SC junks PCGG’s P51-B claims vs. Marcos, cronies’ ill-gotten wealth

  • The SC has junked the PCCG claims against the Marcos family and cronies
  • The ill-gotten wealth claim was worth P51-B in a case filed in 1987
  • Named respondents in the case are Imelda Marcos, Ongpin and several others

MANILA, Philippines – The Supreme Court has rejected the P51-B ill-gotten wealth claims by the Presidential Commission on Good Government (PCGG) against the Marcos family and the late strongman’s cronies.

In a 28-page decision penned by Associate Justice Noel Tijam, the High Court has affirmed an early decision by the Sandiganbayan in 2010 rejecting the PCGG claim against the Marcoses “for reconveyance, reversion, restitution and damages.”

“Juxtaposing the specific allegations in the complaint with the Republic’s documentary and testimonial evidence and as against the respondents’ documentary and testimonial evidence,” said the SC ruling.

“The Court agrees with the Sandiganbayan that the weight of evidence fails to preponderate in the Republic’s favor,” it added.

The case was filed by PCGG in July 1987 which accuses Marcos and his cronies of engaging in “schemes, devices or stratagems” to acquire ill-gotten wealth.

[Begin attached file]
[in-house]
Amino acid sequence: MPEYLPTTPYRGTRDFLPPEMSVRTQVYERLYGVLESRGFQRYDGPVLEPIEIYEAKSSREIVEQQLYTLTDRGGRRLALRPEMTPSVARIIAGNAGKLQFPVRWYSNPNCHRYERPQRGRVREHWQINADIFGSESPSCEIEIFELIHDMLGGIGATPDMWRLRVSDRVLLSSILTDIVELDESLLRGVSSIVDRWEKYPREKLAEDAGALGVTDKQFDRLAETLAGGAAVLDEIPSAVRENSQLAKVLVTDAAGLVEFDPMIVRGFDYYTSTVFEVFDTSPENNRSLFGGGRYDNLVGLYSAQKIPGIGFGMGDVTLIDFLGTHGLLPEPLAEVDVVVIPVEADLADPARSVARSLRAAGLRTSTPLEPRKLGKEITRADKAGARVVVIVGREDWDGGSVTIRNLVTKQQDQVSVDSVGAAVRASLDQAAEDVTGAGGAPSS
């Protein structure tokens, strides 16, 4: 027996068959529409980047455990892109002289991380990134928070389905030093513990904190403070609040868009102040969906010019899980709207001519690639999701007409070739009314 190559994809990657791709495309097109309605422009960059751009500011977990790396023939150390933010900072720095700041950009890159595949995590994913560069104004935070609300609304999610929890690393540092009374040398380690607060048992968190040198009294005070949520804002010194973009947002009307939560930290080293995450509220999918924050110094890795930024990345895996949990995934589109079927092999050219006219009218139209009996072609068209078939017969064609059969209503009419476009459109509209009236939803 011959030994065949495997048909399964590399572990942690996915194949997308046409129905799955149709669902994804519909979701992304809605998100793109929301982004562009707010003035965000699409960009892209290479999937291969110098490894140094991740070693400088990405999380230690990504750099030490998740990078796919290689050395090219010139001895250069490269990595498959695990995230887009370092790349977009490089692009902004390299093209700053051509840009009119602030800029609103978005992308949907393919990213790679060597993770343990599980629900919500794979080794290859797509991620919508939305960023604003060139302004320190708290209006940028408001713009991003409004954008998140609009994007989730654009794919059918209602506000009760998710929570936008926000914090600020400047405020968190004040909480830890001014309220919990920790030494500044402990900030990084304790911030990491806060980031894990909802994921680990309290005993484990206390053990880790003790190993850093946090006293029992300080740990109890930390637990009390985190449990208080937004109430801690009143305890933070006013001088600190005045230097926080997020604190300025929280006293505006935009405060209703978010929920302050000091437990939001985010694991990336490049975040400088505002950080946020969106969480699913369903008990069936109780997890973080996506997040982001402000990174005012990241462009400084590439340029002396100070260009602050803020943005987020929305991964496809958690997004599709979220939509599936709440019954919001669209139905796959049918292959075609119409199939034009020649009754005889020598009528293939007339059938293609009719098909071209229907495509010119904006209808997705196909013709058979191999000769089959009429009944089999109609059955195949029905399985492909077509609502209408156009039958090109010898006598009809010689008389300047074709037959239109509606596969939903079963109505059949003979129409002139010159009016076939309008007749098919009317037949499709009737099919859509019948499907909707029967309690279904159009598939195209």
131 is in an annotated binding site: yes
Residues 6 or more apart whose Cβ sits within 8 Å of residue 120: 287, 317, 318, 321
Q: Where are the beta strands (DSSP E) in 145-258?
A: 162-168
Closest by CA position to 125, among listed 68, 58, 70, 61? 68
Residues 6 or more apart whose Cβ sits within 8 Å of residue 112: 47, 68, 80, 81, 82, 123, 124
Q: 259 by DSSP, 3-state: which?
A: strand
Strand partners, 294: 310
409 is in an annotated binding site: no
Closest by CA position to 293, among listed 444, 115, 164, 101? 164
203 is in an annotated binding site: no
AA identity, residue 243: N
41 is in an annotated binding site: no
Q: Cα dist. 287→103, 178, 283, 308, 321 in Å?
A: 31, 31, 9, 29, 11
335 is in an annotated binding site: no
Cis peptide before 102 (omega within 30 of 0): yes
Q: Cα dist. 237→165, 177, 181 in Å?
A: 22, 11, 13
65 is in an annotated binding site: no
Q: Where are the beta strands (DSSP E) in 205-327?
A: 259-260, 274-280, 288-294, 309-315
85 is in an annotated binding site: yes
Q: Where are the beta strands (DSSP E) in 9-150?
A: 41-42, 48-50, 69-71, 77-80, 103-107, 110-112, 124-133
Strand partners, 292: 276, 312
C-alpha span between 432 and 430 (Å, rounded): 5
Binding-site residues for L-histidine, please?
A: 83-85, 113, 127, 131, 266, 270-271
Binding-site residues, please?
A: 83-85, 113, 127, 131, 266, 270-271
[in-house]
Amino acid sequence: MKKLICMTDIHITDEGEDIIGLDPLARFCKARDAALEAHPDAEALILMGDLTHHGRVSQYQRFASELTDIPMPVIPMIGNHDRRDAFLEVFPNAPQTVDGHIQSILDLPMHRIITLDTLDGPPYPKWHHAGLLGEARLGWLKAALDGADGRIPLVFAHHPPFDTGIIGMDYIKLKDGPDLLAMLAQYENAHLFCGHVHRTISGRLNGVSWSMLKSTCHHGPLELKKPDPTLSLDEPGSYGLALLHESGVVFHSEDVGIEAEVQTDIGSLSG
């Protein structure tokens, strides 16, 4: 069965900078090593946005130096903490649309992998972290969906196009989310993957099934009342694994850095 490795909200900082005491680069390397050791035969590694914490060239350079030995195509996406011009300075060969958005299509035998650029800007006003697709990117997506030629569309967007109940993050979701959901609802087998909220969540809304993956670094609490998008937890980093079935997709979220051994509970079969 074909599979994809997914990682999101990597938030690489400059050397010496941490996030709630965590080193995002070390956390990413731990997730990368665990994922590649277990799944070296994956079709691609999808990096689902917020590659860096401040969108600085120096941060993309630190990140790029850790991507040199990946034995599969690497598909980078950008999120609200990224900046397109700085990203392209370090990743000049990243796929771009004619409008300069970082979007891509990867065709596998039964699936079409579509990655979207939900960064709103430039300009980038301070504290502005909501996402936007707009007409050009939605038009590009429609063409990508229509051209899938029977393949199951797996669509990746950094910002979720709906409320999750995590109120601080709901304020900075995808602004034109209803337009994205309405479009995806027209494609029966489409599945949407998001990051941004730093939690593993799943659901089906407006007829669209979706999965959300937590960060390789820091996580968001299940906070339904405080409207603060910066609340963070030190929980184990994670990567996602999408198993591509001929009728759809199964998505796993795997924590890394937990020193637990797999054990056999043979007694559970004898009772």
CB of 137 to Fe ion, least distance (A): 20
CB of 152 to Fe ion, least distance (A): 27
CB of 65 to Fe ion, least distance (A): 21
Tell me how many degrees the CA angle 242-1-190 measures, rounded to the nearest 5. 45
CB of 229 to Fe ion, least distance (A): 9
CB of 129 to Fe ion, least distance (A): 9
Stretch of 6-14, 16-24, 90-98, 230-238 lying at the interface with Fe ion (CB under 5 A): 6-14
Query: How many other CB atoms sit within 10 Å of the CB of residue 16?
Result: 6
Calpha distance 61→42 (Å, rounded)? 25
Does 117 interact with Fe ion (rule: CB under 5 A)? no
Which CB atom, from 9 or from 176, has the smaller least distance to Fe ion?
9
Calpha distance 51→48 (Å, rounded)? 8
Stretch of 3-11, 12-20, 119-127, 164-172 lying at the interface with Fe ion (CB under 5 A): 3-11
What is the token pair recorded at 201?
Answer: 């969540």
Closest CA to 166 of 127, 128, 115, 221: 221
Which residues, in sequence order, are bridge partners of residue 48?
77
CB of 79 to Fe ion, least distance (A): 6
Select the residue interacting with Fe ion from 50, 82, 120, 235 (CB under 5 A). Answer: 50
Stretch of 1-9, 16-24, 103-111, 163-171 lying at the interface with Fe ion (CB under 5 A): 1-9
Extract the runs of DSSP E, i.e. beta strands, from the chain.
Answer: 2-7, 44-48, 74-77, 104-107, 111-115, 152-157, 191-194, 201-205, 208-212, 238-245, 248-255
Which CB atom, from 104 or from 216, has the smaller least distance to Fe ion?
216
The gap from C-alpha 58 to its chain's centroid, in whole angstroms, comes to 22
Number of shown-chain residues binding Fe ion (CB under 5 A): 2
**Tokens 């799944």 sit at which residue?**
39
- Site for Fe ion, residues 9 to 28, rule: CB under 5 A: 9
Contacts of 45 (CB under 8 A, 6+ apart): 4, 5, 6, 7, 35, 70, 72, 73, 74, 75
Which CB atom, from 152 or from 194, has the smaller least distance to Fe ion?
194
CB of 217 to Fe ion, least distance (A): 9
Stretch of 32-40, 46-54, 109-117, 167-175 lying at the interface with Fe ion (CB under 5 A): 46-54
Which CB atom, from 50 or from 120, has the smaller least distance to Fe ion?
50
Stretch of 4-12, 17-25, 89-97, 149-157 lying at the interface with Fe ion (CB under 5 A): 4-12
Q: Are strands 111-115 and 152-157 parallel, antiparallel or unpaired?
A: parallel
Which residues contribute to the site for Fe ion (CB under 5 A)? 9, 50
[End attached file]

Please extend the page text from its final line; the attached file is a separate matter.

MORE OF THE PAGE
Imelda’s jewelry| Image capture from video by ABS-CBN news via You Tube

Named respondents in the complaint were former first lady Imelda Marcos; former businessman Rodolfo Cuenca and his son Roberto Cuenca; former Philippine National Bank (PNB) president Panfilo Domingo; former trade minister Roberto Ongpin; former Development Bank of the Philippines (DBP) officer Don Ferry; and 11 other individuals.

In its decision, SC said that for it to determine the veracity of the PCGG’s main contention that it has established a prima facie case against respondents through its documentary and testimonial evidence, reassessment and reexamination of the evidence is necessary.

“Unfortunately, the limited and discretionary judicial review allowed under Rule 45 does not envision a re-evaluation of the sufficiency of the evidence upon which respondent court’s action was predicated,” it added.